Najla Jraissaty Khoury; Trans. Inea Bushnaq

Pearls on a Branch: Oral Tales by Najla Jraissaty Khoury and translated by Inea Bushnaq is a collection of 30 Arab folktales transmitted orally through the generations by Arab women. Khoury traveled in Lebanon during the civil war, collecting stories told by women in women-only gatherings.

The folktales share many of the characteristics of Western fairy tales with some cultural variations. Pomegranate-Seed-on-a-Platter and Ali Baba and the Forty Thieves resembles Snow White and the Seven Dwarves; Thuraya with the Long, Long Hair resembles Rapunzel. Ghouls and ogres make a ubiquitous presence; as do wicked step-mothers; talking animals, trees, and flowers; humans who transform into four-legged creatures and/or vegetation; peacocks that impregnate girls; and turds that sing. In some cases, a series of tasks or quests have to be performed before a marriage can take place. Also present are mnemonic devices very common to oral transmission in which a phrase or verse is repeated as an aid to memory. The virtuous are rewarded, the wicked punished and invariably meet with a dire end when they “explode in anger and die on the spot.”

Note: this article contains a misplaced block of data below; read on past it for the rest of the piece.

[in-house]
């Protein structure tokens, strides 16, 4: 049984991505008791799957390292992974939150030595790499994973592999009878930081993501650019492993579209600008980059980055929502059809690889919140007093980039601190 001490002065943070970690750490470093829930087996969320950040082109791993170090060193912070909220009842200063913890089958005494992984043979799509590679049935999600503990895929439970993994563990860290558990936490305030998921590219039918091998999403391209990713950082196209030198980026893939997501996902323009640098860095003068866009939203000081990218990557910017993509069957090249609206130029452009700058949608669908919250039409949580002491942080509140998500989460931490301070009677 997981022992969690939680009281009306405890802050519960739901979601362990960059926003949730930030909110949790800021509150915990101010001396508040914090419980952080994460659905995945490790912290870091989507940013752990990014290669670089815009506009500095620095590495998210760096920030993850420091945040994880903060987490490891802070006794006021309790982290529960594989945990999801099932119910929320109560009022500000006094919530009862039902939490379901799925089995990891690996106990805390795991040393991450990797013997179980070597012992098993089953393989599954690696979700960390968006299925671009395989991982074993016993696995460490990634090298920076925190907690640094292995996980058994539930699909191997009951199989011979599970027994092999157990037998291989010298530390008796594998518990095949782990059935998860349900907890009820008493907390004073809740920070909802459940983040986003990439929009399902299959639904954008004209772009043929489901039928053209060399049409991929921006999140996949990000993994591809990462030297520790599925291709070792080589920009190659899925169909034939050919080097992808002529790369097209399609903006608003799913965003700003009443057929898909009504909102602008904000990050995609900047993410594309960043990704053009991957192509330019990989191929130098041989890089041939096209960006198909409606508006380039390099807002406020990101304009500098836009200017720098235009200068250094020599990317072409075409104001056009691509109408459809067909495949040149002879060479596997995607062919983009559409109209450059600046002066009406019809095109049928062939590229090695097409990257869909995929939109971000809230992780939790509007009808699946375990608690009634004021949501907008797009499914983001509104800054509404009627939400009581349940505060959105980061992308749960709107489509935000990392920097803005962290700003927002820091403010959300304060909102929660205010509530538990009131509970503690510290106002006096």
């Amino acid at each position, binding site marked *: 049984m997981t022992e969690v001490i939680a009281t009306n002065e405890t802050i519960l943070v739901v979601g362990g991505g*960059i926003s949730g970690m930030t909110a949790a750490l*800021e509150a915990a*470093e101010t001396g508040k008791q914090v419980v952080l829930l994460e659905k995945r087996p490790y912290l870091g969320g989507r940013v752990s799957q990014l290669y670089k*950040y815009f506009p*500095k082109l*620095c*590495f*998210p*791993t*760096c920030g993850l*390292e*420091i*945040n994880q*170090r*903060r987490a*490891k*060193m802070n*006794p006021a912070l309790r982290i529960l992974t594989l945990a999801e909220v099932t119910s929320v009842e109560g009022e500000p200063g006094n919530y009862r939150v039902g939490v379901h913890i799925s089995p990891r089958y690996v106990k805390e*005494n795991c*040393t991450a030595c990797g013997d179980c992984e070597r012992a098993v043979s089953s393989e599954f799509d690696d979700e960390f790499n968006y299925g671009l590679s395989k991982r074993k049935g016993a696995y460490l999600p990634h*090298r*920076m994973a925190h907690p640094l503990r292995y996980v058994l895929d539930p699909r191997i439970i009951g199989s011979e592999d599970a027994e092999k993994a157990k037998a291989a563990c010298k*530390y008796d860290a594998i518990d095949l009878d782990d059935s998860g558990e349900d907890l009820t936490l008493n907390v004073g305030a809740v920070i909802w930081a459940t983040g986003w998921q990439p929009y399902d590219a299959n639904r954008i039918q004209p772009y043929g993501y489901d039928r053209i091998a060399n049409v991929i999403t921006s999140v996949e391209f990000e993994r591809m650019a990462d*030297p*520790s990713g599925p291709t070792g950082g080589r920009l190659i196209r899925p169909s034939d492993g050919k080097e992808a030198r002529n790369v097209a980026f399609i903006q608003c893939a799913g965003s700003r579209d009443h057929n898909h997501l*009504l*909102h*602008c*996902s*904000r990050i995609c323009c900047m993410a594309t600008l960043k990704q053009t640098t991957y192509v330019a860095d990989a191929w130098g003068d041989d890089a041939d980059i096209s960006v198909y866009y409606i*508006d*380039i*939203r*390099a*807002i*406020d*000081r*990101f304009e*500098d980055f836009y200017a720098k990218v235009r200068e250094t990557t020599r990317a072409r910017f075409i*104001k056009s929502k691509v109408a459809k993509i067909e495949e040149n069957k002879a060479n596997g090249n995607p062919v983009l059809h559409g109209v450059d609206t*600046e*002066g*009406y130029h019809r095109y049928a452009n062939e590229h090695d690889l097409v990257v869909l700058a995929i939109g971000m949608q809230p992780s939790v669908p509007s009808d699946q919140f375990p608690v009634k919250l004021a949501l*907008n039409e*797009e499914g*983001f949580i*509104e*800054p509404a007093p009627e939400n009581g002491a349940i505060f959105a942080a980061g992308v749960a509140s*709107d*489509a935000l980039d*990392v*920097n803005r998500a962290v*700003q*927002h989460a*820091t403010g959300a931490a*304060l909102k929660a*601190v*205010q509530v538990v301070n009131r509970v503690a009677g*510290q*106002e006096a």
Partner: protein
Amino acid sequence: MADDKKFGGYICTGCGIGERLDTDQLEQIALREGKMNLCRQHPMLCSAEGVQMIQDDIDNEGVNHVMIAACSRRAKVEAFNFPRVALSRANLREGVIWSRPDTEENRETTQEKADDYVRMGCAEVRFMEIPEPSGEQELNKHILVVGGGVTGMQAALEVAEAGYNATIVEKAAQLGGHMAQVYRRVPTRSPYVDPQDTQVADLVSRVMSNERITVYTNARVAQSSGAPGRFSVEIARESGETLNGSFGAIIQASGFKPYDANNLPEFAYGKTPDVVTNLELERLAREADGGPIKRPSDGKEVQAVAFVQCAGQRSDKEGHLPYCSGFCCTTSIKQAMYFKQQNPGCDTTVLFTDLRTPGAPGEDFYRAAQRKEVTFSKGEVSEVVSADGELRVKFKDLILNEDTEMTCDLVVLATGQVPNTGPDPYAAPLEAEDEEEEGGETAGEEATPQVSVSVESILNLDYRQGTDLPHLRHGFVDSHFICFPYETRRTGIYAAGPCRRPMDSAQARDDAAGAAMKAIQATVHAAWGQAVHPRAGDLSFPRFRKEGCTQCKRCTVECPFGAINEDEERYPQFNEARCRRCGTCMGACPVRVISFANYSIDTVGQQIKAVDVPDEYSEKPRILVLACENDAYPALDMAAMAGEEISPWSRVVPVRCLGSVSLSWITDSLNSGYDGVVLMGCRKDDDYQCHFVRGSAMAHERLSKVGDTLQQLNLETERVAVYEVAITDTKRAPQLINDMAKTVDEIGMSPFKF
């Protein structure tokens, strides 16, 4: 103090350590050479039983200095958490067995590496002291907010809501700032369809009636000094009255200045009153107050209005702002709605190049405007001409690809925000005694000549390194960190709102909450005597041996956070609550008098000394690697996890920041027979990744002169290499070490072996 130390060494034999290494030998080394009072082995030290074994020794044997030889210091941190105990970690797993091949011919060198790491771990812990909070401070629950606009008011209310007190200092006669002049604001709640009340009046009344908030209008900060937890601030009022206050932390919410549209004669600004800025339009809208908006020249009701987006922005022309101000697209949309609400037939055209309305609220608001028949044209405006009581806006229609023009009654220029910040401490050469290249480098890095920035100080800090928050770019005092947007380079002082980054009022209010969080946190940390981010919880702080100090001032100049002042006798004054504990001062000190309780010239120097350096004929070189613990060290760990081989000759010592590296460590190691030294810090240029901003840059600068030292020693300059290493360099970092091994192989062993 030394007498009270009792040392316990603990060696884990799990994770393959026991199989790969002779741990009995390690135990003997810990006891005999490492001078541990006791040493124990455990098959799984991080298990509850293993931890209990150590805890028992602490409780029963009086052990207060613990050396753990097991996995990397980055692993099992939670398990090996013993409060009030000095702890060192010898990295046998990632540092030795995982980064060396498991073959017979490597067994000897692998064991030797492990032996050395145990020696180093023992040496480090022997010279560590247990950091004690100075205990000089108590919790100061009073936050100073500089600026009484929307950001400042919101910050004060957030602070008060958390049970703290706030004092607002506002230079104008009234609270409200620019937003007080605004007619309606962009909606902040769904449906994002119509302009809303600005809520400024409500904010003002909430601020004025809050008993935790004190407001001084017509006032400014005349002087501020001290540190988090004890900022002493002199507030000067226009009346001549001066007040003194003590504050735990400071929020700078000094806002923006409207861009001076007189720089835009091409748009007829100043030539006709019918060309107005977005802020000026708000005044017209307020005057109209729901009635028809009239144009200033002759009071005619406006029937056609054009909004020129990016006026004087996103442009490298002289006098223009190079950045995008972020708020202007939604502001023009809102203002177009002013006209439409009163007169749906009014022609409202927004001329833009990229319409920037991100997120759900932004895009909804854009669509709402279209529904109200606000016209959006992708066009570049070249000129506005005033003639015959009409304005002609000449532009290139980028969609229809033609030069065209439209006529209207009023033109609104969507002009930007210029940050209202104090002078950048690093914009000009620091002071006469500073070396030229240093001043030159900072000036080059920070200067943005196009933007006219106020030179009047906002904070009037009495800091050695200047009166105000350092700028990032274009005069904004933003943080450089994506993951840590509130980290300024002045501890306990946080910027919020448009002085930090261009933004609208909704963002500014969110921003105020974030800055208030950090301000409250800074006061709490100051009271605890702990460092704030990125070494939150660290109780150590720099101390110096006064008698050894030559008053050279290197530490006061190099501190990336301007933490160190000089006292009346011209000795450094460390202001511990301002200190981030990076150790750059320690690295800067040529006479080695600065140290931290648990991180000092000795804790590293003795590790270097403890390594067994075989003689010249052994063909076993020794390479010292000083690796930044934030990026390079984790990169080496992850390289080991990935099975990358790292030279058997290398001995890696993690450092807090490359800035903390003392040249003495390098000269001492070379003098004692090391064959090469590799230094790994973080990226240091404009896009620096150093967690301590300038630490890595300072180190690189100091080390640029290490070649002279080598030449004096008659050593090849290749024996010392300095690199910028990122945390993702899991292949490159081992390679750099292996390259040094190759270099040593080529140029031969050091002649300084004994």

The central character is a virtuous female whose beauty surpasses all others, and whose wit, intelligence, strength, and wisdom outsmart her male counterparts. In this patriarchal culture, the girl usually disguises herself as a male in order to travel freely and outfox her enemies. Through her perseverance, tenacity, smarts, and unparalleled beauty, the heroine wins the love of the handsome prince or sultan. Not surprisingly, the tale ends with the celebration of a happily ever after marriage.

This is a delightful collection, at times bawdy, at times didactic, at times funny, and always entertaining. Since oral transmission of folktales is rapidly becoming a dying art, the real value of this collection lies in its preservation of traditional Arab folktales for the enjoyment of future generations.


AuthorTamara Agha-Jaffar
CategoriesBook Review